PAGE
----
Induction: 5 ways to reduce staff turnover

Induction: 5 ways to reduce staff turnover

By on Feb 28, 2019 in Free Business Resources, Recruitment | 0 comments

Is staff turnover hurting your business? Are you tired of hiring people only to find they are leaving soon after? Or have you just accepted that turnover is part of business? As one client said to me “I want to hire two people for this job. Why? Because I know one will leave!” So, what can you do to make sure you hire and retain the best people and not become a turnover statistic?

1. Selection.

The first thing to examine is your selection process. Do you have one and is it followed every time? One of the most common causes of failure in retention is lack of sound recruitment process or worse still failing to follow it! You need to look at every aspect of your selection process from the job description, advertising, screening, interviewing, reference checking through to appointment and look for the failure points.

2. Induction.

“I want them to hit the ground running.” I would like a dollar for every time I have heard that request. Yet how long does it take for someone to come up to speed? Well, it depends on the job and the level but at the minimum, it can take 3 months and even up to a year for more senior roles. So how do you want this to pan out? Sink or swim or setting them up for success? Look at your onboarding and induction process. Do you have clear, defined milestones and actions for the first 3 months? You need an Induction Plan.

3. Training.

‘Set and forget’ may work for a machine but even then, it will require programming and maintenance. One of the main reasons good people are attracted to a role or an organisation is the opportunity for training. Today’s top talent want to know what they will learn and how your business promotes development and growth. Examine the learning pathways in the business. Does training stop at induction or do you have a development planning process to ensure you are providing ongoing investment in your most valuable resource?

4. Feedback.

Are there disconnects in your retention strategy? By this I mean are there gaps between what is expected and what actually is happening on the ground? How are you ensuring that you are in touch with what is really the cause of turnover? You need feedback and so do your new recruits. The first three months are the most critical time in the retention cycle, people are deciding “will I stay or will I go” and you are wondering if they will work out. Take the guesswork out of it, and build feedback into your monthly review cycle. One question I love to ask is “Is the job as you expected it to be”.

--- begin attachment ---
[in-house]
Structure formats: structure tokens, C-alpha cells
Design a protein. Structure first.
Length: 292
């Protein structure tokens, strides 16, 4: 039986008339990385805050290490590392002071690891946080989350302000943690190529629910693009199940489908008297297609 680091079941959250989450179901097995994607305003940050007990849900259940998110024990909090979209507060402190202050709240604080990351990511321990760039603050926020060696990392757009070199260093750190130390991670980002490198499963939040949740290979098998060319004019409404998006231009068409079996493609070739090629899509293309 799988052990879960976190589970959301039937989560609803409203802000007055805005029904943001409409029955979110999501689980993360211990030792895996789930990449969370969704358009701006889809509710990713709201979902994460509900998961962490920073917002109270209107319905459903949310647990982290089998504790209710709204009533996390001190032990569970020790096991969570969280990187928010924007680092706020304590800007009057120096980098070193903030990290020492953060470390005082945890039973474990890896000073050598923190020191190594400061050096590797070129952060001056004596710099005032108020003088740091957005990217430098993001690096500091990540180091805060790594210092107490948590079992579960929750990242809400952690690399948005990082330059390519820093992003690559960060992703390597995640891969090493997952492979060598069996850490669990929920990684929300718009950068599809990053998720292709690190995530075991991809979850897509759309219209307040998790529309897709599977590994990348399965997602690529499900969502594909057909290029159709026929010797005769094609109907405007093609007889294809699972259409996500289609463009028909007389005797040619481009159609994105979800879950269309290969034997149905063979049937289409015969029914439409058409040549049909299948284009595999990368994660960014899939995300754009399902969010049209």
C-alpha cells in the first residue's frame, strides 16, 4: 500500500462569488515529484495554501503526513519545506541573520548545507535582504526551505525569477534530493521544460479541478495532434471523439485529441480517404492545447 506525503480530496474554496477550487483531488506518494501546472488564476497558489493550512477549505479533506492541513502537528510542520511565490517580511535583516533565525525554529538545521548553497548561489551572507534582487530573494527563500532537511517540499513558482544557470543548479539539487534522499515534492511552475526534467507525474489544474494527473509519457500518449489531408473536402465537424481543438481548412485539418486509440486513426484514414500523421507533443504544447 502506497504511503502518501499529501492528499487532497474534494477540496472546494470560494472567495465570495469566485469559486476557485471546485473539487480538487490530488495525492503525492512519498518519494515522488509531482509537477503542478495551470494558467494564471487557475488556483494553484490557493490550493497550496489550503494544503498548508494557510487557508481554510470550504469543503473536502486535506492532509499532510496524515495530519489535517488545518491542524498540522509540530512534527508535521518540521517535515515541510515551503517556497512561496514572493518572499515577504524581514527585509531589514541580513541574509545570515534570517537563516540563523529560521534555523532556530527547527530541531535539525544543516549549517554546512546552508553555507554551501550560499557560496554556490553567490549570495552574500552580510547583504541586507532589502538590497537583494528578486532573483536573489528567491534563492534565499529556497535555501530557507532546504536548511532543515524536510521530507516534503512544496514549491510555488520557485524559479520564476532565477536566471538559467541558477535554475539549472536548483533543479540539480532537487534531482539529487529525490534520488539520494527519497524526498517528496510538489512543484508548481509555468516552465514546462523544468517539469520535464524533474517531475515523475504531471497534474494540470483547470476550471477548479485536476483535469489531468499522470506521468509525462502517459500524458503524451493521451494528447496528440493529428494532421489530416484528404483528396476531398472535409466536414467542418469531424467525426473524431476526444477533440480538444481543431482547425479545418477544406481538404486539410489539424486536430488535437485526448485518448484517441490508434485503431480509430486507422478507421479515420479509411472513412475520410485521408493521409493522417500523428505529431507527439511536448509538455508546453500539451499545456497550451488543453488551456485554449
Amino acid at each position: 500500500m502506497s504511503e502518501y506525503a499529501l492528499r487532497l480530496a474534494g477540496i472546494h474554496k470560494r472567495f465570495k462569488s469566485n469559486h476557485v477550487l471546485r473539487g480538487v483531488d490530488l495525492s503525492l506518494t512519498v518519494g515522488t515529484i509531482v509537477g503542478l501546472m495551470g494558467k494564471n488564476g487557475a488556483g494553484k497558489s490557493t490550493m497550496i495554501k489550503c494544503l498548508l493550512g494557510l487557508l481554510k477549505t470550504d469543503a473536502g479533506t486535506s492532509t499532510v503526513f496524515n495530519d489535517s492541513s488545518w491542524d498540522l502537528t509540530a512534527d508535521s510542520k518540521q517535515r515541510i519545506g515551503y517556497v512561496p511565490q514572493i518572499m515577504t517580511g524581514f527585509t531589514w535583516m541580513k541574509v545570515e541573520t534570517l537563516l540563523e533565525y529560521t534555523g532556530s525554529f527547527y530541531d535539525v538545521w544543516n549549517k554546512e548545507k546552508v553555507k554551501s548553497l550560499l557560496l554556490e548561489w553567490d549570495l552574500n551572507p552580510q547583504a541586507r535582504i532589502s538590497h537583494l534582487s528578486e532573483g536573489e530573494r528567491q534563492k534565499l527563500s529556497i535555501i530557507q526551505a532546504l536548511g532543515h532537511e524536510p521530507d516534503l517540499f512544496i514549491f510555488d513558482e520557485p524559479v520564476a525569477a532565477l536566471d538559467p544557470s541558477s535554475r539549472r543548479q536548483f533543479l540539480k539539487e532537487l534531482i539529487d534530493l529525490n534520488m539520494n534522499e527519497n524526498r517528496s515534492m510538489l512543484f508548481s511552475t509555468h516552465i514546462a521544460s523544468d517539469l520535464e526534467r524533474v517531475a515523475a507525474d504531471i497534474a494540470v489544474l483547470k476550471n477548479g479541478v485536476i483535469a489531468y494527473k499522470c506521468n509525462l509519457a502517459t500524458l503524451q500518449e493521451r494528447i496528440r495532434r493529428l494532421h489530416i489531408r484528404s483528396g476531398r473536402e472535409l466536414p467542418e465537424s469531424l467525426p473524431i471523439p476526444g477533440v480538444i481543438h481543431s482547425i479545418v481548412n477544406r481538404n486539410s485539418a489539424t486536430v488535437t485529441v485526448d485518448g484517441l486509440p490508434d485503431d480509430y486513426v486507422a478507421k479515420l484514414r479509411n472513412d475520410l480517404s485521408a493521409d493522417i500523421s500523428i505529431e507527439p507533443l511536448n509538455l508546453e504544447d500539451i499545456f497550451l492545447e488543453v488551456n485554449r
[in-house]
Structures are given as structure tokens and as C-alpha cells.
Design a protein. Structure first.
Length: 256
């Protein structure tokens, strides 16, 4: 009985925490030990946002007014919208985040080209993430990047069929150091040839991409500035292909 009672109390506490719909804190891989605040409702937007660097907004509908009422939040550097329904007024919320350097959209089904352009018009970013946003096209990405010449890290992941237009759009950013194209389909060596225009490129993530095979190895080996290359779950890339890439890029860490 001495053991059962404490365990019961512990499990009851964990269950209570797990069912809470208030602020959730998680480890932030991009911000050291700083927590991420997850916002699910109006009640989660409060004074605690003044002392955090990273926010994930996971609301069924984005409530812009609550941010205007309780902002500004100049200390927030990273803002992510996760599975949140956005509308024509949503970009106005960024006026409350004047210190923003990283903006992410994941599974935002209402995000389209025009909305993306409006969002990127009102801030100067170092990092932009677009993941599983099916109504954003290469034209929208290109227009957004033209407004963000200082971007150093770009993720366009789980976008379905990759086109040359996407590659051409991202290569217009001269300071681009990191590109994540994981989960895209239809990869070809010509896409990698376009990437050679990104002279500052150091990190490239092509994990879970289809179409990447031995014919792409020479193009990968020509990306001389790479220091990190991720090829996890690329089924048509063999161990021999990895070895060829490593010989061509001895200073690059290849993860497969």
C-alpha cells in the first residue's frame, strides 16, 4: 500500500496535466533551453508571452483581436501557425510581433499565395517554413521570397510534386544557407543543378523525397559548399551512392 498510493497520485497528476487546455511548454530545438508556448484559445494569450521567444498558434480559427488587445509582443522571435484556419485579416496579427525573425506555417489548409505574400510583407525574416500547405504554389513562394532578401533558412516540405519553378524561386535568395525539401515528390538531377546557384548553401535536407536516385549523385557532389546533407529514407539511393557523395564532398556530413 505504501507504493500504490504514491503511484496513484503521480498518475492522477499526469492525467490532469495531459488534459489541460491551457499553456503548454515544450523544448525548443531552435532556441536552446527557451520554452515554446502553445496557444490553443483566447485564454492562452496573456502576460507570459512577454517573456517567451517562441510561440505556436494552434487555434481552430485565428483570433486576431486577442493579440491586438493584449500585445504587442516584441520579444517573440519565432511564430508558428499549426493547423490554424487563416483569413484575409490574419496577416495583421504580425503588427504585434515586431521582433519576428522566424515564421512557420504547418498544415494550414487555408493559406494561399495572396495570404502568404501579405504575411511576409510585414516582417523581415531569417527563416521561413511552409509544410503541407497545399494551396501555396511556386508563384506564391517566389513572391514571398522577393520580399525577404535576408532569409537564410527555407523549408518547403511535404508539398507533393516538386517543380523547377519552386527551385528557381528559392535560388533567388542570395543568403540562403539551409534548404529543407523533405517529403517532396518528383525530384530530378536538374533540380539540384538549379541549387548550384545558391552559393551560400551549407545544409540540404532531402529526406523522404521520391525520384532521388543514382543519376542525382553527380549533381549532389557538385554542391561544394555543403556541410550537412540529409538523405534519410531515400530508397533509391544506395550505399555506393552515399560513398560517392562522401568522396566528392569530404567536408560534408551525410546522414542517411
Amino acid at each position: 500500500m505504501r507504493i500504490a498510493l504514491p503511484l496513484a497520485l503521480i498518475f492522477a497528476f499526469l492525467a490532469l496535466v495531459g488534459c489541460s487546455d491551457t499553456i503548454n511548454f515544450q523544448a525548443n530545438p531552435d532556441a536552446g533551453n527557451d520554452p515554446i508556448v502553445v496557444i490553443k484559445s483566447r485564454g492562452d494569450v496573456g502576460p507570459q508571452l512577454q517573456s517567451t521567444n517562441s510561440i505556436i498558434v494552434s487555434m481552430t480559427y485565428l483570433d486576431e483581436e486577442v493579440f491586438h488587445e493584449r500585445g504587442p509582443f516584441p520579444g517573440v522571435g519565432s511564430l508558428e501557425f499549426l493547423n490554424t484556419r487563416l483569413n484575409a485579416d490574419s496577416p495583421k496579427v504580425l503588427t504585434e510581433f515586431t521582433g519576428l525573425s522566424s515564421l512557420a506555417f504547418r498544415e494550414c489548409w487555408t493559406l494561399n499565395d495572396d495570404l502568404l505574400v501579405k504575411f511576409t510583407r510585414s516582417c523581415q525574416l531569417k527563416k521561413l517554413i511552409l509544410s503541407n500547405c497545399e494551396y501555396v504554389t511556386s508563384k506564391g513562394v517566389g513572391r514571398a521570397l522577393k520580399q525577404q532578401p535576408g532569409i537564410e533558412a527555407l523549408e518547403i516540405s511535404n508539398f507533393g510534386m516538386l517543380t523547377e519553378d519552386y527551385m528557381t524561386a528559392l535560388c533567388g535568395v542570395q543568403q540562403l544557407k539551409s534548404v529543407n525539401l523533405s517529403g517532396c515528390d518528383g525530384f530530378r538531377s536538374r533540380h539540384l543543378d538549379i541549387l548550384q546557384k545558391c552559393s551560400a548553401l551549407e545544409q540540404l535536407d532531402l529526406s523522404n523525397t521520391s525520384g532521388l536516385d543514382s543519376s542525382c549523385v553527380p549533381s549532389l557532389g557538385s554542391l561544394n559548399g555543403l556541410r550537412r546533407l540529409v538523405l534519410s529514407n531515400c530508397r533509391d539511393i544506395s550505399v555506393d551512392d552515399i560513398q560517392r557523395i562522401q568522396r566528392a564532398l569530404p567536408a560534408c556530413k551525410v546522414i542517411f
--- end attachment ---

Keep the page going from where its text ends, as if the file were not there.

5. Exit interview.

The final opportunity to learn how to improve your retention rate is to ask the people who are leaving. This article on SEEK explores the benefits of exit interviews. This may be your best chance to get some candid feedback on what is working and what is not. Don’t be afraid of the answers. The exit interview is a vital link in the feedback loop of continuous improvement. Seek feedback across the board from the recruitment process to induction and training through to pay and conditions and the culture. On the last point, one of the key factors employers and employees look for is a cultural fit, but you need to check, is your culture delivering on the promise?

Tackling the turnover issue requires a systematic and strategic approach to identify causes and build a robust system based on continuous improvement. Making retention a key strategic driver for your business will not only save you time and money in recruitment but also enable you to build a competitive and sustainable business for the future.

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